Despite closings, journalism and the Chart are still alive

Our Opinion

It’s that time of year again. Yet another semester has rolled around. While most students on campus are primarily concerned with when their refunds will arrive and trying to wake up on time to get to class, we here at The Chart have showed up ready to work, some more than others. While newspapers across the country fold and are forced to close their doors and shutter their newsrooms due to a shrinking list of subscribers and lack of add revenue, The Chart is still here. 

However, we are keenly aware that the product we work so diligently to put out every week is most likely only read by a tiny fraction of the student body. College students don’t read newspapers. Obviously that’s a wide-ranging generalization but for the most part, it’s true. This is a quantifiable fact that is easily observable when we distribute the paper every week and see the previous week’s issue still on the newsstands.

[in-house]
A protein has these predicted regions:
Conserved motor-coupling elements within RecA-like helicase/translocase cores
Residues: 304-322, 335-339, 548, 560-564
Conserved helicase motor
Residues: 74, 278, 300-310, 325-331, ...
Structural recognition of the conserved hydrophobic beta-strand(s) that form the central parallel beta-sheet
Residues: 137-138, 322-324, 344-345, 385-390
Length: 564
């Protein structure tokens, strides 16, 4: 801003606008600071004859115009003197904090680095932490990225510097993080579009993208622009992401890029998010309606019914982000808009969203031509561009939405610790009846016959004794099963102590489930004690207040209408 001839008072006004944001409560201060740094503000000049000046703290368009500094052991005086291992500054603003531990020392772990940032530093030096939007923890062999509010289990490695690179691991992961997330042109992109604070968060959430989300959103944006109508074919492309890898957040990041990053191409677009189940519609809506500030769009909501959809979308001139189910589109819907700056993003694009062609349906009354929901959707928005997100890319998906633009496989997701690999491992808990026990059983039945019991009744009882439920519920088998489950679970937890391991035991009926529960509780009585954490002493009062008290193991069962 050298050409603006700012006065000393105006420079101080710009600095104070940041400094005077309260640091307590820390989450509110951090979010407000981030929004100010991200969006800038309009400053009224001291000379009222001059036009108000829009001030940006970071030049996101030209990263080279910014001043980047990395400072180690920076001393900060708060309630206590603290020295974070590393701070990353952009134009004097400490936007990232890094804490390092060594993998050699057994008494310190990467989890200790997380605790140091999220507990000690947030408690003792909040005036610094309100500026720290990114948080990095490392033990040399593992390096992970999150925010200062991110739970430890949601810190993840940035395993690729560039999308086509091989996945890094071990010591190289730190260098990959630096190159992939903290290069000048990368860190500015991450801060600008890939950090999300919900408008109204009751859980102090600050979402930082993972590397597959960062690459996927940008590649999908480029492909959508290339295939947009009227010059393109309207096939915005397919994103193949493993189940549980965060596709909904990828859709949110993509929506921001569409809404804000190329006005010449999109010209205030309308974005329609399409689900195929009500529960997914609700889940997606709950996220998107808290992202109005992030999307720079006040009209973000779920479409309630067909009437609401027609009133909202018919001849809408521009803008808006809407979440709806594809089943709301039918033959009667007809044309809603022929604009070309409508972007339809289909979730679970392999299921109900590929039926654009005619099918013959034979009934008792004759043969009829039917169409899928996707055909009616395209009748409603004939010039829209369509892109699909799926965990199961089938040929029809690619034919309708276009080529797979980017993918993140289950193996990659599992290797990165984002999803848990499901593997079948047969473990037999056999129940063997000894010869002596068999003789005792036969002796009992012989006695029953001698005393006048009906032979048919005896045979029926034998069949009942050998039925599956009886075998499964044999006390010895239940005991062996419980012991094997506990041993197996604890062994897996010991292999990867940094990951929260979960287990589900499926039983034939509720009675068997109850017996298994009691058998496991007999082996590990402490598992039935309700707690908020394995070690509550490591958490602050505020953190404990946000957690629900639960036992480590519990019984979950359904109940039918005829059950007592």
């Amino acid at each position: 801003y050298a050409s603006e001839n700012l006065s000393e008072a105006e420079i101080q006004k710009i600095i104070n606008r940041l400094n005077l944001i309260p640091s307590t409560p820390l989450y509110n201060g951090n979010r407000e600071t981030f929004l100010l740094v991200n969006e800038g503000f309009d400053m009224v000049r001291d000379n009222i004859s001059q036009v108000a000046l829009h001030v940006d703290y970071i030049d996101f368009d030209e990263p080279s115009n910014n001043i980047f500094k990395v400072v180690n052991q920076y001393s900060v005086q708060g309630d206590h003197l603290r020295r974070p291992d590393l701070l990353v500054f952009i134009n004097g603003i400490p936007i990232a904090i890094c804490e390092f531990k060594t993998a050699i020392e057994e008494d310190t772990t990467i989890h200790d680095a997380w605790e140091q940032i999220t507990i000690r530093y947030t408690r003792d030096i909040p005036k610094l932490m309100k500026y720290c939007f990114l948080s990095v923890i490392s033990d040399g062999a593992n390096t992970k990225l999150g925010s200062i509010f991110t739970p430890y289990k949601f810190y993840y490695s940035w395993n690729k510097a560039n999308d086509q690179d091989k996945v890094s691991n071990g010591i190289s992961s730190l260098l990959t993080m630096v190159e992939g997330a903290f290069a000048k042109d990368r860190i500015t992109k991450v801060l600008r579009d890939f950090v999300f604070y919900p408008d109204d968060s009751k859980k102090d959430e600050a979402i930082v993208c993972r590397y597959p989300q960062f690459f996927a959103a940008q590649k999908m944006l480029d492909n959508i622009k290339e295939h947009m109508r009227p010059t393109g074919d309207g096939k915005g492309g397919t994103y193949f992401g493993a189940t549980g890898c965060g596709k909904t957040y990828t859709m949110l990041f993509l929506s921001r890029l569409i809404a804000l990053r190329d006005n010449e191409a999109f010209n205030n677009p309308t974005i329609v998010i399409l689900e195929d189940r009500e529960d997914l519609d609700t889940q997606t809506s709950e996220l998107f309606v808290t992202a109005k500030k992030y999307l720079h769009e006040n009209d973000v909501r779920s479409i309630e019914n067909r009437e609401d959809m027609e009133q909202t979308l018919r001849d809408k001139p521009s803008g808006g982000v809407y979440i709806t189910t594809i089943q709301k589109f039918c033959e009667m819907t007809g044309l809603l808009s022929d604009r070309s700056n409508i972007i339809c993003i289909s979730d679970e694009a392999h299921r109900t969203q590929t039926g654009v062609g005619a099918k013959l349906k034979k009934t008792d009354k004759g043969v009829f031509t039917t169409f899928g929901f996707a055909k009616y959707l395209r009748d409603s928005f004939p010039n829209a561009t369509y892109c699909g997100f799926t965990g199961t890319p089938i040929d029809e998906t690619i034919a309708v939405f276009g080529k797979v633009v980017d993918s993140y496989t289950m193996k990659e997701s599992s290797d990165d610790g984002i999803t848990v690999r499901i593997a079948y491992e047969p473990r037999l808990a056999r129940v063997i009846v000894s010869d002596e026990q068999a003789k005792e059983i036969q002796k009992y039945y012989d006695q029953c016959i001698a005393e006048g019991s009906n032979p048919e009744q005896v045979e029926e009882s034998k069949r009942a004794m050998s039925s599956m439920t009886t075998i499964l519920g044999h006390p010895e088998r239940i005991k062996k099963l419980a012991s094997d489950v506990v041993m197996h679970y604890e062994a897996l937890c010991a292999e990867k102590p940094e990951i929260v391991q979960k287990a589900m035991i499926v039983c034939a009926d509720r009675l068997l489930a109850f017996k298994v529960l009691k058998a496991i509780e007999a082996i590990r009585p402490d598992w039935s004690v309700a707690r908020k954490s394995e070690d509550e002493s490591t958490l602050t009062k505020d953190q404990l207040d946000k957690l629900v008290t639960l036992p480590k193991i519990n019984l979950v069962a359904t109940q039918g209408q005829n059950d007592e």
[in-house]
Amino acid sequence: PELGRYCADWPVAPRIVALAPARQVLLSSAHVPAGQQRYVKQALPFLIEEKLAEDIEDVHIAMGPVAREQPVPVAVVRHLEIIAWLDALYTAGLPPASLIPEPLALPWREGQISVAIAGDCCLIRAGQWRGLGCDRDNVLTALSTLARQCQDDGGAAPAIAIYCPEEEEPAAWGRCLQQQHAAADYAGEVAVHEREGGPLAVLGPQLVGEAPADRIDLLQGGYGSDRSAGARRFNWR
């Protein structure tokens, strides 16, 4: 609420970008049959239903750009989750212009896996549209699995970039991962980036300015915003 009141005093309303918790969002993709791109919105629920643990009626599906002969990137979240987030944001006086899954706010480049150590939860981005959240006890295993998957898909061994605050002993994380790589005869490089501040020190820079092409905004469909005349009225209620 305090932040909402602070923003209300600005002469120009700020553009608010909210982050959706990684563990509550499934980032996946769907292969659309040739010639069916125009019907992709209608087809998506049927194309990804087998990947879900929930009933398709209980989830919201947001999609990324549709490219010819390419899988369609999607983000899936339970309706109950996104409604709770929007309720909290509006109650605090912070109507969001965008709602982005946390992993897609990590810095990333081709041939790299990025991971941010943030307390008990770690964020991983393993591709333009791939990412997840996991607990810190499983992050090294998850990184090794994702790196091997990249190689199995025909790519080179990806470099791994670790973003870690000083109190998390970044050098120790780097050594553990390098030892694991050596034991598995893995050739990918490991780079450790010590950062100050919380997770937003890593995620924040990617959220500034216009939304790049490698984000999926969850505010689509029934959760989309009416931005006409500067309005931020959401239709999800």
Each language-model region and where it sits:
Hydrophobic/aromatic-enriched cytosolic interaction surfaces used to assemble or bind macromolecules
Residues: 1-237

Despite this fact, newspapers in general and The Chart in specific still offer a valuable service. Newspapers inform the public and offer a platform and the means to conduct investigative journalism projects that delves into vital public issues. 

The media has recently been under attack from all angles of society and is frequently disparaged and disrespected. This condemnation has its place when it comes to false journalism and libel. Lazy and deceitful journalism should be called out at all turns.

However, there are still many trustworthy and hardworking journalists out there that strive to deliver the facts and shine light on the truth. These people and organizations should be commended for providing a worthwhile service. Journalism is not dead.

In an effort to keep this newspaper from being the next casualty to close up shop, we vow to continue to provide honest, accurate, and sincere content, no matter who’s reading.